Detroit LionsMartin Mayhew is a man of mystery when it comes to the No. 2-overall pick in the NFL Draft. The Lions' general manager has made it clear he would like to trade down. He has thrown out some other info to suit his purposes. But other than that, he's keeping his cards close to the vest.
"I've seen a lot of stuff written that I think is a little bit premature about what our thoughts are and who we're going to take and who we're down to and that kind of stuff," Mayhew said. "There's a lot of work to be done still."
Some of what has been written has been on the Lions' official Web site. The Lions have posted stories about visits by the apparent top candidates for the No. 2 pick: Nebraska defensive tackle Ndamukong Suh, Oklahoma defensive tackle Gerald McCoy and Oklahoma State left tackle Russell Okung.
They wouldn't do that and then, say, draft Oklahoma left tackle Trent Williams, would they?
"You never know what we might do," Mayhew said. "That's one of the smart things about it."
Okung has not generated the buzz Suh and McCoy have. But teams generally are more comfortable paying a premium for a left tackle than they are for a defensive tackle, and Mayhew said Okung was a "tremendous talent" and it was "very possible" he has been underrated by the media.
Then he added this when asked if Okung clearly was the best left tackle in the draft: "I think big picture, overall, taking everything into account, there are probably two guys that are the best two out there." He declined to go further.
Mayhew obviously thinks the smartest move would be to trade down if he can get enough in return for the pick.
"First of all, we don't have a desperate desire to move back," Mayhew said. "That's the first thing, because we're going to get a quality player there.
"But I think what happens is, you get a quality player at a premium price, whereas you might get a quality player later at a better price. If you believe that you want to take advantage of the opportunity to get value in the draft, it would make more sense to get more players at better prices than to get one player at a premium price."
Mayhew said he felt the Lions would receive an offer for the No. 2 pick based on his conversations with one team, but he acknowledged they wouldn't necessarily take it.
"I feel confident that we'll have an opportunity to move back," Mayhew said. "Now, will that be an opportunity we want to take advantage of? Will it be a situation where we feel we'll get the appropriate value? I couldn't answer that question right now."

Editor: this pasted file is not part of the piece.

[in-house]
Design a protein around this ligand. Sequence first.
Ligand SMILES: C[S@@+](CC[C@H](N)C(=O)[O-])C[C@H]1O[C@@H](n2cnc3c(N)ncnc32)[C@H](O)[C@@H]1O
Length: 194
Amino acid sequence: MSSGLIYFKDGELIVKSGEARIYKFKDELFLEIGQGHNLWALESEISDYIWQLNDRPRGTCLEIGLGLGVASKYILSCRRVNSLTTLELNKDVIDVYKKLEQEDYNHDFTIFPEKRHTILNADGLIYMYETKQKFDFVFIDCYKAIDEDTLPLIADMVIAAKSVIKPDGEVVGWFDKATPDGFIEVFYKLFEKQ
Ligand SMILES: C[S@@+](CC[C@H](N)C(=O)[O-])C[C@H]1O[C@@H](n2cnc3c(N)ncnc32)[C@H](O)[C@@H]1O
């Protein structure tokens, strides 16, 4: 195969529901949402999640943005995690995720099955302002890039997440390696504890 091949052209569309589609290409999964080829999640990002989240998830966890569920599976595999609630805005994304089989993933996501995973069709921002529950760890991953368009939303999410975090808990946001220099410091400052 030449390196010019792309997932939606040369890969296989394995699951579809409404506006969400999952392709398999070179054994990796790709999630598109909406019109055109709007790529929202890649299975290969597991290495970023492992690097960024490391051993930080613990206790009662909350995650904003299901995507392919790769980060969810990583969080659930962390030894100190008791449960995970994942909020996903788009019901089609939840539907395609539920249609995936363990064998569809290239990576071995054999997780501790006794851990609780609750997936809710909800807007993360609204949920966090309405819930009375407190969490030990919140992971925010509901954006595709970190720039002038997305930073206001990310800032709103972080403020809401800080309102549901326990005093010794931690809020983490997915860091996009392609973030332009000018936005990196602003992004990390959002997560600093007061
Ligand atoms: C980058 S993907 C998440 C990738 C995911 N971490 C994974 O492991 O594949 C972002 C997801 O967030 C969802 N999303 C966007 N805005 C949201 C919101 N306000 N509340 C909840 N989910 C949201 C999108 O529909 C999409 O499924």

Asked if he also hoped to encourage more offers by making that comment, he said: "We'll see."
The common thinking is that a team would have to come up for a quarterback. Quarterback-needy teams include the Redskins at No. 4, the Seahawks at No. 6 and the Browns at No. 7. The Rams could take Oklahoma quarterback Sam Bradford No. 1 overall.
"It's going to be interesting to see the way it all shakes out," coach Jim Schwartz said. "Quarterbacks make people move at the top of the draft, and I think it will be interesting to see when it's all said and done how much interest there is in those guys and where we go with that second pick."
Asked if his trade-down opportunity depends on what the Rams do first, Mayhew said: "I didn't really get into that. By my way of thinking, if we go back, we have to have a comfort level with going back. It doesn't matter what happens ahead of us."
Green Bay PackersInjuries and inconsistencies conspired to put the Packers' offensive line in constant flux for most of last season. They used six different starting combinations.
Those same nuisances could rear their ugly heads again next season, but coach Mike McCarthy feels the unit will be better equipped to handle any more upheaval.
"I know the competition along that line will be the best that we have had during my time in Green Bay," said McCarthy, in his fifth year on the job. "That's all you can ask for. You try to rotate them the right way, and you try to get that starting five."
McCarthy acknowledged at the NFL owners meetings in Orlando that keeping the same top five linemen intact for a full season, something that has eluded him in his tenure, isn't likely to happen in 2010 either.
The Packers rolled the dice this offseason by re-signing veteran tackles Chad Clifton and Mark Tauscher, both unrestricted free agents, to long-term contracts. They have been competent starters since they were rookies in 2000, but recent injury setbacks and advanced age are working against them.
"History will tell you that Chad Clifton is not going to play 16 games," McCarthy said.